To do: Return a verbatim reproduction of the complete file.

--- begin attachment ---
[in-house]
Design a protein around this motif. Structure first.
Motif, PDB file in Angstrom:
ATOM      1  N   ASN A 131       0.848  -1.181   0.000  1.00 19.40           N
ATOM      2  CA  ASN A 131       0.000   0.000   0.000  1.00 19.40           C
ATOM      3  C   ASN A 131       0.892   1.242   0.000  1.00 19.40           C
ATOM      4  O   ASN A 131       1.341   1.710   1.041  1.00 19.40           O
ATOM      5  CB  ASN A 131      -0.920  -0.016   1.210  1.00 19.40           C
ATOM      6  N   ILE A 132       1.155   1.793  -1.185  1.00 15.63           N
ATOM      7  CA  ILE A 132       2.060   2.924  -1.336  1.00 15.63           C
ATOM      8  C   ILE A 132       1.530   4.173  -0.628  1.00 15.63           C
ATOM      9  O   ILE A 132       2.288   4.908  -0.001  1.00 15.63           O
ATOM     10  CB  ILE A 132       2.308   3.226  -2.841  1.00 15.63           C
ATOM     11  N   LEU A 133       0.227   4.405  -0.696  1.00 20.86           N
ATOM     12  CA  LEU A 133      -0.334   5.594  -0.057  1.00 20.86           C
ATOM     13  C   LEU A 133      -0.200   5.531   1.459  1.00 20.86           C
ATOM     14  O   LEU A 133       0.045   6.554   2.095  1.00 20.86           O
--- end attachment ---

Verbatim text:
[in-house]
Design a protein around this motif. Structure first.
Motif, PDB file in Angstrom:
ATOM      1  N   ASN A 131       0.848  -1.181   0.000  1.00 19.40           N
ATOM      2  CA  ASN A 131       0.000   0.000   0.000  1.00 19.40           C
ATOM      3  C   ASN A 131       0.892   1.242   0.000  1.00 19.40           C
ATOM      4  O   ASN A 131       1.341   1.710   1.041  1.00 19.40           O
ATOM      5  CB  ASN A 131      -0.920  -0.016   1.210  1.00 19.40           C
ATOM      6  N   ILE A 132       1.155   1.793  -1.185  1.00 15.63           N
ATOM      7  CA  ILE A 132       2.060   2.924  -1.336  1.00 15.63           C
ATOM      8  C   ILE A 132       1.530   4.173  -0.628  1.00 15.63           C
ATOM      9  O   ILE A 132       2.288   4.908  -0.001  1.00 15.63           O
ATOM     10  CB  ILE A 132       2.308   3.226  -2.841  1.00 15.63           C
ATOM     11  N   LEU A 133       0.227   4.405  -0.696  1.00 20.86           N
ATOM     12  CA  LEU A 133      -0.334   5.594  -0.057  1.00 20.86           C
ATOM     13  C   LEU A 133      -0.200   5.531   1.459  1.00 20.86           C
ATOM     14  O   LEU A 133       0.045   6.554   2.095  1.00 20.86           O